A tippet ring is a very small metal loop that you tie in between a line and a tippet that lets you change tippets frequently without having to shorten the length of your line or leader, something that inevitably happens whenever you tie tippet to it directly.
For example, I use a hi-visibility orange, flourocarbon line on most of my Tenkara rods, but it’s expensive to replace when it gets too short. By placing a tippet ring between my line and my tippet, I can tie new tippet to the ring when I need to replace it and not to the flourocarbon line, extending its lifetime almost indefinitely.
I’ve known about tippet rings for a while, but never got around to trying one until I tried out a Sawtooth Rod from the Tenkara Rod Company. It comes bundled with a traditional furled Tenkara line (shown above) with a 3mm tippet ring spliced on at the end. It’s a great way to preserve the quality of the furled line, especially for beginners, who will need to replace flies and tippet often when they snag flies in trees and or on submerged wood.
I use a double davy knot to tie my level flourocarbon line and tippet line to the tippet ring. It’s a very strong knot that has a small profile, so it won’t dwarf tiny tippet rings. I’ve even started using it to tie my flies to my tippet because it’s easier to tie and less obtrusive than a clinch or an improved clinch knot.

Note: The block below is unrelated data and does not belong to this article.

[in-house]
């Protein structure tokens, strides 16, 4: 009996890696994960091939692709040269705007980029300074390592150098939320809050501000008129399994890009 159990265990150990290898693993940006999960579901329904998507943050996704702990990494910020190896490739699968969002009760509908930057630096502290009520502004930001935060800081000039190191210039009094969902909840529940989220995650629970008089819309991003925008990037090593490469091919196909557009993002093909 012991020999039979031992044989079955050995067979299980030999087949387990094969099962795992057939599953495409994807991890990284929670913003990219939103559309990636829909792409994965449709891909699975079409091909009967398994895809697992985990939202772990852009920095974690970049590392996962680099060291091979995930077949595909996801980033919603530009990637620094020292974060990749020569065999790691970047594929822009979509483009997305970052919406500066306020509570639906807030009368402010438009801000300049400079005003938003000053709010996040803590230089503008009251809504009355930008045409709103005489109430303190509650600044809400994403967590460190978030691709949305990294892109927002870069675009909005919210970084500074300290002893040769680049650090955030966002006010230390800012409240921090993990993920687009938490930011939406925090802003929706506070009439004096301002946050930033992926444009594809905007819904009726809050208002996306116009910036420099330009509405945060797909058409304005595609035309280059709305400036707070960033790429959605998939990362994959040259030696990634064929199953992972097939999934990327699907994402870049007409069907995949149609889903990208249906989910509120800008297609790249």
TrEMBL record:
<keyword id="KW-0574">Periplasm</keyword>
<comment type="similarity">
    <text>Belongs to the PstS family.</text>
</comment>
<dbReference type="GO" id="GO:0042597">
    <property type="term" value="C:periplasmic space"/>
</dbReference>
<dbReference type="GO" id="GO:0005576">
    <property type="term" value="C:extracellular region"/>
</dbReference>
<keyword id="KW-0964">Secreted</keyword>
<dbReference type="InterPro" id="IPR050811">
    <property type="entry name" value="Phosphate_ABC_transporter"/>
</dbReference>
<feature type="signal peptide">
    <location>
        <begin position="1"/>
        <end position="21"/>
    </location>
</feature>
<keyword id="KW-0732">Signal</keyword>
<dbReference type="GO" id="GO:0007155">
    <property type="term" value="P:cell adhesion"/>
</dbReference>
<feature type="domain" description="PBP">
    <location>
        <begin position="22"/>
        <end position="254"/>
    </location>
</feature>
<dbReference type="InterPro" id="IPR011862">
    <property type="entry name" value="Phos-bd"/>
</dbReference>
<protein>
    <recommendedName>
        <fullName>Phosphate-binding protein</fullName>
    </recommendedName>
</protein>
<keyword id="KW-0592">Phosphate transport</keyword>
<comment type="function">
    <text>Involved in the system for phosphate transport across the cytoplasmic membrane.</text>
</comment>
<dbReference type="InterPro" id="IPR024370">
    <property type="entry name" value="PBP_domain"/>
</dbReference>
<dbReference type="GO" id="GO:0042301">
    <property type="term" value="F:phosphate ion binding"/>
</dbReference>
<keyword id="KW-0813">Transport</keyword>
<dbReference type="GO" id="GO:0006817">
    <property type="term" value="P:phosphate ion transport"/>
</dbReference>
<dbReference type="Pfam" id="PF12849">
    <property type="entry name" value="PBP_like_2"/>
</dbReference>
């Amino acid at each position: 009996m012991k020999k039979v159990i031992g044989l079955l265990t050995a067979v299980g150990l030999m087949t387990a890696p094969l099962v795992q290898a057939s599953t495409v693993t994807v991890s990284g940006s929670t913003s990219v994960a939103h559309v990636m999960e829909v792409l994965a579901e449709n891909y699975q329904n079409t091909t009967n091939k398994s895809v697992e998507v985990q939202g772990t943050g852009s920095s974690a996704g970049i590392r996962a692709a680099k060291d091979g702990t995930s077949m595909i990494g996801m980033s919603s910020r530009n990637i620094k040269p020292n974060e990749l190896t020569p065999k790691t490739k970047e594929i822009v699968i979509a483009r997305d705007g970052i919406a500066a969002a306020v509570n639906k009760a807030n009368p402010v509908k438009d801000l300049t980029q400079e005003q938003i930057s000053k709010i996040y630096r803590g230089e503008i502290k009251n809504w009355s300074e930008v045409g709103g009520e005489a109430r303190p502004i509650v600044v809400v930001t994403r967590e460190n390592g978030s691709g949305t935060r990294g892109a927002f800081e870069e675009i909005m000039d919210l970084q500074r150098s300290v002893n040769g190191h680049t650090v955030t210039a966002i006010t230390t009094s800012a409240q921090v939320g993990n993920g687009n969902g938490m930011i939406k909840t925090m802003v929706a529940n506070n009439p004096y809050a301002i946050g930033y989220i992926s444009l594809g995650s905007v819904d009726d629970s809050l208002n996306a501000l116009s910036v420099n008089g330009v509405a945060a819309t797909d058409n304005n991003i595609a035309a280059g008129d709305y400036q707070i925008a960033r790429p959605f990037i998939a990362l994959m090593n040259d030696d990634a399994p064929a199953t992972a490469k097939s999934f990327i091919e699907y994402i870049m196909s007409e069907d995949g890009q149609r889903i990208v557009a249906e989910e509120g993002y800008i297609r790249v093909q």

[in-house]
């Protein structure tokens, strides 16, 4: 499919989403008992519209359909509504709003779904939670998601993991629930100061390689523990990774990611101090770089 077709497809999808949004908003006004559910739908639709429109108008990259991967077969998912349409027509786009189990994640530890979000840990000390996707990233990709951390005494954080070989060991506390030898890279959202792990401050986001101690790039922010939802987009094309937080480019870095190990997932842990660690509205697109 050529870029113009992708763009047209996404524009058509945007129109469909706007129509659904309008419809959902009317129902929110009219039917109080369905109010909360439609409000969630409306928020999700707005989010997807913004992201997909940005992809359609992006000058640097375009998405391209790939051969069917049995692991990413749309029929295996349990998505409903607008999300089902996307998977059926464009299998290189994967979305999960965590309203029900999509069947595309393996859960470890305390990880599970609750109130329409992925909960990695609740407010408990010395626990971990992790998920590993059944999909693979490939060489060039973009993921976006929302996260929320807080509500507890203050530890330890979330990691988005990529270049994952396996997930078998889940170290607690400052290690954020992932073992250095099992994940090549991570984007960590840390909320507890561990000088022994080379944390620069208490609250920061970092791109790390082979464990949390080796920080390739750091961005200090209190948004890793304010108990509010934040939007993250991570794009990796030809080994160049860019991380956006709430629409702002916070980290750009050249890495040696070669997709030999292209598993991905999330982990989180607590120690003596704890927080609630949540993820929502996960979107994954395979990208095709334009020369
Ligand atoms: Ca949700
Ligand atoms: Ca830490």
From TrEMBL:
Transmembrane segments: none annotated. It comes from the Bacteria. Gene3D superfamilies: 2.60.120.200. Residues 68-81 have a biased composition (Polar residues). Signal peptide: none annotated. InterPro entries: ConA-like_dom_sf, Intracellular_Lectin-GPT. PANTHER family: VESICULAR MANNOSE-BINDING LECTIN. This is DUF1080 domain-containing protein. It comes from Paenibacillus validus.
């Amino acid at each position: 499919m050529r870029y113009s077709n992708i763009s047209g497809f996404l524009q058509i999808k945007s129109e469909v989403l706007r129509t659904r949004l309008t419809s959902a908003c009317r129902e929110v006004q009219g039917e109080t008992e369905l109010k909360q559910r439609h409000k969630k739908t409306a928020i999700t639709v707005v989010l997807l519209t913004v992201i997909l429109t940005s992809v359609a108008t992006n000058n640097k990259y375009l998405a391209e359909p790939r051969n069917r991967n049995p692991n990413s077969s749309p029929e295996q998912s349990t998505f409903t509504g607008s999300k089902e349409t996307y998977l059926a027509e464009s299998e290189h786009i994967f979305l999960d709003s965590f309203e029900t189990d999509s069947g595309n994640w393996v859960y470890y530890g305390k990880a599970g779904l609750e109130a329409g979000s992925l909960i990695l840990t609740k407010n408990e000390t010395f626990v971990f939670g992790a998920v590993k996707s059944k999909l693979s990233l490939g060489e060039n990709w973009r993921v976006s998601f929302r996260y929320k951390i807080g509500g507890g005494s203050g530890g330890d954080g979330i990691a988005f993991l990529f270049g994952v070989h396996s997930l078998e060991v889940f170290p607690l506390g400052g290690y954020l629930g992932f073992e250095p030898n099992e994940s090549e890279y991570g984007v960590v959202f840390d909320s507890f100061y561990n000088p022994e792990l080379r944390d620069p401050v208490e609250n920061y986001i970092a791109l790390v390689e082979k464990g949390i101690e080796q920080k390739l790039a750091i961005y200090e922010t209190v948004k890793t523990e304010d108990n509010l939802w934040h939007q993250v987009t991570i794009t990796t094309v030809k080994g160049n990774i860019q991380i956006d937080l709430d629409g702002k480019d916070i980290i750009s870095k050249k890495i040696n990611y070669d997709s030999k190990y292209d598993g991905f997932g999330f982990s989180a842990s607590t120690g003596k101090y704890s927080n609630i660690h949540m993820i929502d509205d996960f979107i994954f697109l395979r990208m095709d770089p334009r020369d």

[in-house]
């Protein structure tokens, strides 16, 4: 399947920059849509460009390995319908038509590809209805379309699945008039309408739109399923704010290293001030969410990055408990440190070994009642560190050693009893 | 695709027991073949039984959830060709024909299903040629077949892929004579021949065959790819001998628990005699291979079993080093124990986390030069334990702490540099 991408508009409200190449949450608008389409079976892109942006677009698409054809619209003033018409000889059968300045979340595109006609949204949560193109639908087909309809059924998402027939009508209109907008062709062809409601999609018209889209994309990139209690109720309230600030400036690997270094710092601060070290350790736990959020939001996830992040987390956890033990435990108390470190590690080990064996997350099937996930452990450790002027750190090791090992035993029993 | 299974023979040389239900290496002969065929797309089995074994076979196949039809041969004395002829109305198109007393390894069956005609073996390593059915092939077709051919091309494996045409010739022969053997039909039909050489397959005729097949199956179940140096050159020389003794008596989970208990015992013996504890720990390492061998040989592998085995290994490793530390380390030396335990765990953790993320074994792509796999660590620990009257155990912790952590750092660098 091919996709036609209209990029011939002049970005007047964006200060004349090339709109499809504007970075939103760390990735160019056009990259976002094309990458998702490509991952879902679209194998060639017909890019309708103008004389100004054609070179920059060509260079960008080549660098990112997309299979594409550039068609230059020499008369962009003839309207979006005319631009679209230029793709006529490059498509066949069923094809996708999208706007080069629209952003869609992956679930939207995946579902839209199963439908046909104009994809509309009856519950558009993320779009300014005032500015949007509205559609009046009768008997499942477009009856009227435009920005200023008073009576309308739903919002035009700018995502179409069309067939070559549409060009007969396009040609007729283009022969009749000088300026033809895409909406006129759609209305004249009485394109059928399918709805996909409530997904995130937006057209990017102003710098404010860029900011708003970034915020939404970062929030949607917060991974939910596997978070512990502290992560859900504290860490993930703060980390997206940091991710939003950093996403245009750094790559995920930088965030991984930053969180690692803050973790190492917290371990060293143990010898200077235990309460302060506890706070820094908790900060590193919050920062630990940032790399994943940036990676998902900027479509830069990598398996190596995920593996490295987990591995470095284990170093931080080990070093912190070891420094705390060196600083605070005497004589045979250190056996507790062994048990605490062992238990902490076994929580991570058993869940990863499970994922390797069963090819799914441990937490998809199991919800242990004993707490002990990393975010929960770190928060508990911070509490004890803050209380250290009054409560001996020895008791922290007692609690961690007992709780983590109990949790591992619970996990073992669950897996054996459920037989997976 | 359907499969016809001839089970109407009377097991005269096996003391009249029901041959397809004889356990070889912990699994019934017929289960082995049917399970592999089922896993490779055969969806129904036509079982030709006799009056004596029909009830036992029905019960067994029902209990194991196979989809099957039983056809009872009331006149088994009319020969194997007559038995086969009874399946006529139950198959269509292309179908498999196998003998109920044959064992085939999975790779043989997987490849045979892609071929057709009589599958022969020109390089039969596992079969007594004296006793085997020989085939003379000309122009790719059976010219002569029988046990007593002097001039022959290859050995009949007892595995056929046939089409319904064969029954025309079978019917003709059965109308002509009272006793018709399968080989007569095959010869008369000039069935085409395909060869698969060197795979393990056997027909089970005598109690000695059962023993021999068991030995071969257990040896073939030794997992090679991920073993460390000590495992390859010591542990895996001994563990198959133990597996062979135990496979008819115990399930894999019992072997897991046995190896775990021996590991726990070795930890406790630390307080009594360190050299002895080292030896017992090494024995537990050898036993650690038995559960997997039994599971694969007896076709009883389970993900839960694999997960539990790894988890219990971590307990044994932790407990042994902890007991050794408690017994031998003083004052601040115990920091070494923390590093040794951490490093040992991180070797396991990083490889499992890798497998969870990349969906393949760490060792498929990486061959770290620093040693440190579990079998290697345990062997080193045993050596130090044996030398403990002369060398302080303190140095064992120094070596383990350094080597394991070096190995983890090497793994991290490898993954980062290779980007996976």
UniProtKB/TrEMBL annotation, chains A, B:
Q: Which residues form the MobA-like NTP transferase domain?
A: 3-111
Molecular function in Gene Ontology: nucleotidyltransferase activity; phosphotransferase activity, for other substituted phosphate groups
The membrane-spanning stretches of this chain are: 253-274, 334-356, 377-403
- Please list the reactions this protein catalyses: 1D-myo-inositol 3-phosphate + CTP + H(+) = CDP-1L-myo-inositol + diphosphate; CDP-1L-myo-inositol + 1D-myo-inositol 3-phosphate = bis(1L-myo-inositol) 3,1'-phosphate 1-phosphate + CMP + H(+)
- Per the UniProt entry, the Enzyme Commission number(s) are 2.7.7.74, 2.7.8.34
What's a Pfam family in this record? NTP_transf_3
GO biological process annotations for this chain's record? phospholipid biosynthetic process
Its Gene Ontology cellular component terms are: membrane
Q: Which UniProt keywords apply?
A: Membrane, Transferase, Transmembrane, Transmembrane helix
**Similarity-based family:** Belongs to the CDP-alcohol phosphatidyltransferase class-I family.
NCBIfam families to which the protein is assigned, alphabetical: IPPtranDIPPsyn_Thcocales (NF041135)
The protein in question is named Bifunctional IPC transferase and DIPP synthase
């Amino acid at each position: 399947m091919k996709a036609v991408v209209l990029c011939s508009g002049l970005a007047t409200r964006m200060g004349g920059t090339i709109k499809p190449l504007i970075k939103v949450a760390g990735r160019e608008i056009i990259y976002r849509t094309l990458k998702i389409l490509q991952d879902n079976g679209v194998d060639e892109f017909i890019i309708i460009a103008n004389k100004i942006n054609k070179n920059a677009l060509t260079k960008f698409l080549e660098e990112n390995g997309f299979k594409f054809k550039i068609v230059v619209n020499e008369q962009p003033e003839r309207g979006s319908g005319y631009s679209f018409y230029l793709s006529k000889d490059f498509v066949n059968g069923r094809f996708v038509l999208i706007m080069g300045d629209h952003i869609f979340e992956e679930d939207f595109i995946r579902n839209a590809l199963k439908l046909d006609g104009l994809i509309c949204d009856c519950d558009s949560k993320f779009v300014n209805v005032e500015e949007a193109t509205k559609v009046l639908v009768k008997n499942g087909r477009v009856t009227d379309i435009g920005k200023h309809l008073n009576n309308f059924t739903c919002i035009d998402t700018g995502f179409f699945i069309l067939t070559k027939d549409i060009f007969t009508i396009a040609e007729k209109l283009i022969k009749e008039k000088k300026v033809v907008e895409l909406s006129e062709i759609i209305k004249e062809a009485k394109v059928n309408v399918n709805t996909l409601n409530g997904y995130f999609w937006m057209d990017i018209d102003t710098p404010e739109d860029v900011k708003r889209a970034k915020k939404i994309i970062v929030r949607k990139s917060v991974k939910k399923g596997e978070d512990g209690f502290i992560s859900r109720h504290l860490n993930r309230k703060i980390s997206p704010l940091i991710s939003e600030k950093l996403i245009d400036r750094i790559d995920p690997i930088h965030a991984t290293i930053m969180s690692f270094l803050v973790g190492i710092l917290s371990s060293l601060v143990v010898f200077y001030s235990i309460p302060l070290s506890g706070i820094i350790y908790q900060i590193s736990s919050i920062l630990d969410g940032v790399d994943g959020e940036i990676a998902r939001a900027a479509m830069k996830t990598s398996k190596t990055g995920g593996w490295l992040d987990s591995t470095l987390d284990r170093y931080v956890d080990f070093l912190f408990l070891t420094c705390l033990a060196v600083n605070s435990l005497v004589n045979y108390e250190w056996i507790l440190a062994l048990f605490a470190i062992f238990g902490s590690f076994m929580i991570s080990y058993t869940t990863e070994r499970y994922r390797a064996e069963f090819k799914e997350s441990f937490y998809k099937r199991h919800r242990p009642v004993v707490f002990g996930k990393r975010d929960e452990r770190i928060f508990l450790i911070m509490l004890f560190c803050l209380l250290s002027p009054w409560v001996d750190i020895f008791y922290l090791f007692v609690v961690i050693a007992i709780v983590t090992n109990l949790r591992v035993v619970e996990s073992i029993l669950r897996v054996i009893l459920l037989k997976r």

How do tippet rings fish? I haven’t noticed any difference in casting behavior using flourocarbon lines, furled lines, or on the more traditional fly rod reel line that I’ve been using this spring on ponds and larger rivers. The 2mm RIO tippet rings I use are also tiny, barely the size of a clinch knot in 4x mono, so they have no perceivable impact on casting or floating behavior.
Have you ever tried using a tippet ring? Have I tempted you to check them out?
Disclosure: Tenkara Rod Company provided the Sawtooth Rod mentioned in this post to Philip Werner for review. A full review of this product is still under development.
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